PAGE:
Water infrastructure projects to overcome barriers communities of color face in accessing public health in rural America
Columbia, South Carolina, July 7, 2021 – Agriculture Secretary Tom Vilsack recently announced that the United States Department of Agriculture (USDA) is investing $ 307 million to upgrade rural drinking water infrastructure and sanitation in 34 states and Puerto Rico. The investment includes more than $ 9.5 million for water and wastewater infrastructure in South Carolina.
The investments announced today follow President Biden’s announcement last week of a bipartisan infrastructure framework that will make the largest investment in drinking water in U.S. history. The framework will replace all lead pipes and service lines across the country, helping to overcome barriers faced by communities of color, tribal communities and rural America.
“Every community needs safe, reliable and modern water and sanitation systems,” Secretary Vilsack said. “The consequences of decades of disinvestment in physical infrastructure have been especially felt on communities of color. That’s why USDA is investing in water infrastructure in rural and tribal communities that need it most to help them rebuild better, stronger and more equitably than ever.
“We are delighted to help McCormick and Marion counties improve their water infrastructure. Projects like these are critical and will have a significant impact on rural communities for years to come, ”said Marty Bright-Rivera, USDA’s Acting State Director for Rural Development in South Carolina.
USDA funds projects through the Water and Waste Disposal Loans and Grants program to help dispose of obsolete pipes and service lines to protect public health and safety in rural communities. They will help improve rural infrastructure for 250,000 inhabitants and businesses.
USDA today announces investments in Arkansas, Arizona, California, Colorado, Georgia, Idaho, Iowa, Illinois, Indiana, Kansas, Kentucky, Louisiana, Maryland, Maine, Michigan, Minnesota, Missouri, North Carolina, North Dakota, New Jersey, New Mexico, New York, Ohio, Oklahoma, South Carolina, South Dakota, Tennessee, Texas, Utah, Virginia, Vermont, Washington Wisconsin, West Virginia and Puerto Rico.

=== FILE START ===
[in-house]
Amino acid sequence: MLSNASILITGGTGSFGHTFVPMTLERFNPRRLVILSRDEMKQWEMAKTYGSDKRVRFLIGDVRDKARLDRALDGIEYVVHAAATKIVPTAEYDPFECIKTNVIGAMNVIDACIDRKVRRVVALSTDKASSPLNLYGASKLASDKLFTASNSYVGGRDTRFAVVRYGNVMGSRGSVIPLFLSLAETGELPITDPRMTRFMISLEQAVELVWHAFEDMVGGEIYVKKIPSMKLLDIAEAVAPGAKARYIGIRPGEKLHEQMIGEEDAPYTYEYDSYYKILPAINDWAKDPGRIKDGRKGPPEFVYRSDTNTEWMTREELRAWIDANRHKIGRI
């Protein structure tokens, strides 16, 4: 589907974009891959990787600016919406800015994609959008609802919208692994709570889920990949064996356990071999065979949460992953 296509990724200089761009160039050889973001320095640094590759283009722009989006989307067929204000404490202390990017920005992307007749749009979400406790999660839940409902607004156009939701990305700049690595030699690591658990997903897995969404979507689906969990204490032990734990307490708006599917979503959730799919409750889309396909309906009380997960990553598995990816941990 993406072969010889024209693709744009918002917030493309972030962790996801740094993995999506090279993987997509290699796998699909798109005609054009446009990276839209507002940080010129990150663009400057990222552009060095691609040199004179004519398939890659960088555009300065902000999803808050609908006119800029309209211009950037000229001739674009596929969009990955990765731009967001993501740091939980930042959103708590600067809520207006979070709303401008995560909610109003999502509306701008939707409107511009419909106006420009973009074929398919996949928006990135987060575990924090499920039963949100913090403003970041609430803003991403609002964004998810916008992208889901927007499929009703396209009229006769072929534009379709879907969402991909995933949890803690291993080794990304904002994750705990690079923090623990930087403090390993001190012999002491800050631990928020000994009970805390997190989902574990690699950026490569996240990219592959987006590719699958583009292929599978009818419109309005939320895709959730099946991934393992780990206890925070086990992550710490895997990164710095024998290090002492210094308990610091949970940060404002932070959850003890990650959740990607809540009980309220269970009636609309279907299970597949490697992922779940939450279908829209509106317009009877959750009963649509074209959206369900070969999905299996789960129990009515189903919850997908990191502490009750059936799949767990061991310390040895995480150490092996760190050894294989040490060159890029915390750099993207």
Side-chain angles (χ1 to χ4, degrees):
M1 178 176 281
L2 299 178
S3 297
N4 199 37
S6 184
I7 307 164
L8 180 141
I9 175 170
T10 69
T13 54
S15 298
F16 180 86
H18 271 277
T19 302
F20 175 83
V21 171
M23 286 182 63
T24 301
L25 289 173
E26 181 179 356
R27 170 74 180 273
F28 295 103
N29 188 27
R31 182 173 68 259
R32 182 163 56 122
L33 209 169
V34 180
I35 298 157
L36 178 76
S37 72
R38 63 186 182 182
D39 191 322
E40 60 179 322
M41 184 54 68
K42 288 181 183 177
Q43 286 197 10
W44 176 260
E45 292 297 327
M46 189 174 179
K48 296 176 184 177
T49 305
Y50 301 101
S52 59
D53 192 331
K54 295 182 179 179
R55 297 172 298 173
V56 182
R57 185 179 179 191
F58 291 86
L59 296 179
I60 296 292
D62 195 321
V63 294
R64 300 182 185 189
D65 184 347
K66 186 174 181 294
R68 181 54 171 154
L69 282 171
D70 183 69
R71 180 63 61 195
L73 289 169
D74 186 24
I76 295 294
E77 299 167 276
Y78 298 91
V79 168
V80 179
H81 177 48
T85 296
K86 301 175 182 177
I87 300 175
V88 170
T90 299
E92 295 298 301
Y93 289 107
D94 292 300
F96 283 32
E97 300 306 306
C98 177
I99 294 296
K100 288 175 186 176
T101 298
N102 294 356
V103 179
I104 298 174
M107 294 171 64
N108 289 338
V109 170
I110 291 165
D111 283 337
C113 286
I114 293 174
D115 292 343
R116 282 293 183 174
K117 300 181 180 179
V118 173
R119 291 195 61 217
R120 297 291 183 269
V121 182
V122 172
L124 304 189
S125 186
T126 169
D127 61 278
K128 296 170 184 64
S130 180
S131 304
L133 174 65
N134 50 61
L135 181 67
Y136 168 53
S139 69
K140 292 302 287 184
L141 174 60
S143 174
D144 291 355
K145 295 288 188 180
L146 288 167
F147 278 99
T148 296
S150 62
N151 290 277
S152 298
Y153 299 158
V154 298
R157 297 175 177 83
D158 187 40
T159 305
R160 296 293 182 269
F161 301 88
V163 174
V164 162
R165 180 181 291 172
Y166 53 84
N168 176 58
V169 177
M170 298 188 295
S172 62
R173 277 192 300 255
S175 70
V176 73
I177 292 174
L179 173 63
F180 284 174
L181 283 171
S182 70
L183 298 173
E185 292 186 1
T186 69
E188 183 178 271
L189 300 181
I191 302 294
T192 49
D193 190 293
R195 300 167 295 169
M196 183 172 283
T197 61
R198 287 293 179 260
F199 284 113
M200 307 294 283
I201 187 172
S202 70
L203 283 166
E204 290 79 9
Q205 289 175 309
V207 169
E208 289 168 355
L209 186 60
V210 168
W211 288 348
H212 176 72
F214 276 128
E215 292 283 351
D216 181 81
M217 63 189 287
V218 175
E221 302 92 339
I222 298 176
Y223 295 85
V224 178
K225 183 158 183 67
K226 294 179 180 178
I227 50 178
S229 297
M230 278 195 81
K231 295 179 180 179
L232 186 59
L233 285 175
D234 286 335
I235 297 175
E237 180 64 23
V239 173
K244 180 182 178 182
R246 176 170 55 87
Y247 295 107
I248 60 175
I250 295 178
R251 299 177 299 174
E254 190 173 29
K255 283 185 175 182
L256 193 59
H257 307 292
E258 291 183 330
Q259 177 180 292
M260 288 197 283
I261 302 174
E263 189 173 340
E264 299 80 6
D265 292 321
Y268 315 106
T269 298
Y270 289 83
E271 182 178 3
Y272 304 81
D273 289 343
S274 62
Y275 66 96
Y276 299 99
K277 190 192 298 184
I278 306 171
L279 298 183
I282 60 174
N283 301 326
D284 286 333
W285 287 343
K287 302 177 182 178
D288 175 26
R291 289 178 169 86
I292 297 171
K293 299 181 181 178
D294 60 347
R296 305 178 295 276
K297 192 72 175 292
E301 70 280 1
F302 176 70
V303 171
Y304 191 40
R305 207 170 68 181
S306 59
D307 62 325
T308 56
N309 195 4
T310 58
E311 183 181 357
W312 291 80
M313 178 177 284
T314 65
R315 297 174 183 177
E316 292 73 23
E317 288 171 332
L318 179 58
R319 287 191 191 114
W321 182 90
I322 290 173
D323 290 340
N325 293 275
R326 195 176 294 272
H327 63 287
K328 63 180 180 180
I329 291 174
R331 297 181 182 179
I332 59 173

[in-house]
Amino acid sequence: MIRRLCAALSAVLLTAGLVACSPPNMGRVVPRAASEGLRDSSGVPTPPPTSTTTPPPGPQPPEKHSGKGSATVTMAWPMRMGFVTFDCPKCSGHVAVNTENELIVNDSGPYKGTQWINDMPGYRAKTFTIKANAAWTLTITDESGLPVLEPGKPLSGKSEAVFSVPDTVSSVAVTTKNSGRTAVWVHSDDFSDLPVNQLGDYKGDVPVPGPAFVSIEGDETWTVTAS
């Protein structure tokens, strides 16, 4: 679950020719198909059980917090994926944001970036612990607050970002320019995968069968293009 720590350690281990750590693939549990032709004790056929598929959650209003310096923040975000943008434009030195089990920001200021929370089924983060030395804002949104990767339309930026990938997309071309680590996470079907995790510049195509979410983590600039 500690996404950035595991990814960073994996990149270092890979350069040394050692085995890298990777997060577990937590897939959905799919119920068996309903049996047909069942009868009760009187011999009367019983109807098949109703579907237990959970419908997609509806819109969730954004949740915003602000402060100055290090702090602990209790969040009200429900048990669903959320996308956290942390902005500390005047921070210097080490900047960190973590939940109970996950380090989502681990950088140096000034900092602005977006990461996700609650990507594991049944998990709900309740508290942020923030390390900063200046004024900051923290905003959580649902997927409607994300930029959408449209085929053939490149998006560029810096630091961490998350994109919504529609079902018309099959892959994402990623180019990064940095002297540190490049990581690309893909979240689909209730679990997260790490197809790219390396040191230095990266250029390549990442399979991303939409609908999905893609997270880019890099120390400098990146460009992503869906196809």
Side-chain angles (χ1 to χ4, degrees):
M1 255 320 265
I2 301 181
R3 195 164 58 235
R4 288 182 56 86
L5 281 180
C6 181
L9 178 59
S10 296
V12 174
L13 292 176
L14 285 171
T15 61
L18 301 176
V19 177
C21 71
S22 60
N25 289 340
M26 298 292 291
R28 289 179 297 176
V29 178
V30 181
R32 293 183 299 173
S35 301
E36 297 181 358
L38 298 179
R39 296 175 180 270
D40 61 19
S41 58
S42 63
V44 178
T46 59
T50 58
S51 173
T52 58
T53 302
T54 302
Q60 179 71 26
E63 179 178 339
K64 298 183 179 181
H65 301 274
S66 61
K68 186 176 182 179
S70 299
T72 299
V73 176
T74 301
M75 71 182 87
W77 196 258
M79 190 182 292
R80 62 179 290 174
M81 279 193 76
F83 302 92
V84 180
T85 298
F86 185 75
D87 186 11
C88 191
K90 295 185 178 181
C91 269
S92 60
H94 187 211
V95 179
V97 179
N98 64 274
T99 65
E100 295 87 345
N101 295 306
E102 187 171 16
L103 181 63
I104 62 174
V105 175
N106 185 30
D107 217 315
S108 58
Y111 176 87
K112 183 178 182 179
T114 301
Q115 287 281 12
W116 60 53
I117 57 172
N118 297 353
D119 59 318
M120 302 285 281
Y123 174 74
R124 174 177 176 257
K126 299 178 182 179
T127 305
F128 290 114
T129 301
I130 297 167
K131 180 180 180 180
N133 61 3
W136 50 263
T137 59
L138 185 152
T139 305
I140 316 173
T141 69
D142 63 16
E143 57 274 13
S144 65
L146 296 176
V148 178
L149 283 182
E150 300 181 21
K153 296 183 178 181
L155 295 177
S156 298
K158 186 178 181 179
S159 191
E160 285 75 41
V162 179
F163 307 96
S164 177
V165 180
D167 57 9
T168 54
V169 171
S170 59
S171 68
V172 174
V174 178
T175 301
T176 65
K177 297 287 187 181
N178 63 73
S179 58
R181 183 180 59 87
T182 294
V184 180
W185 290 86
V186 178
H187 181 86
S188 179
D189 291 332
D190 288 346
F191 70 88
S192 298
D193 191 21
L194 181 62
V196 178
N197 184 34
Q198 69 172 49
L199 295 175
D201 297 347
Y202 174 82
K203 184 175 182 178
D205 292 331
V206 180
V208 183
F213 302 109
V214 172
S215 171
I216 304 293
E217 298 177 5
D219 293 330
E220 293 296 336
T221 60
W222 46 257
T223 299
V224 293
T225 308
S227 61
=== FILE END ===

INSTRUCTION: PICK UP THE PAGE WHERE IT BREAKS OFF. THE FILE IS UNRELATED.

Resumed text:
For example, as part of today’s announcement:
• The Town of Calhoun Falls is receiving over $ 4.6 million in loans and grants to modernize the water system with new meters, pipes, standpipes and connect existing residential service lines to installed pipes. Calhoun Falls has an aging infrastructure resulting in a significant loss of water revenue in the system and excessive maintenance load due to leaks and breaks in the water distribution system. The installation includes a main meter to receive water from the town of Abbeville and a main meter to distribute water to McCormick County. Additionally, there are over 45 miles of water distribution lines and two elevated water tanks for storage. This project will improve water service, reduce repairs, improve water pressure and modernize its fire protection system for city customers. In addition, the investment will be used to modernize the sewage system by replacing the floating aerators with a diffuse aeration system with blowers, installing a solar energy production system and cleaning the existing sludge retention pond. The City of Calhoun Falls Wastewater Treatment Plant (WWTP) system includes sewer collection lines, pressure lines, several sewer pumping stations, a lagoon system and a polishing with aerators. The wastewater treatment plant is in fair condition and was upgraded 19 years ago.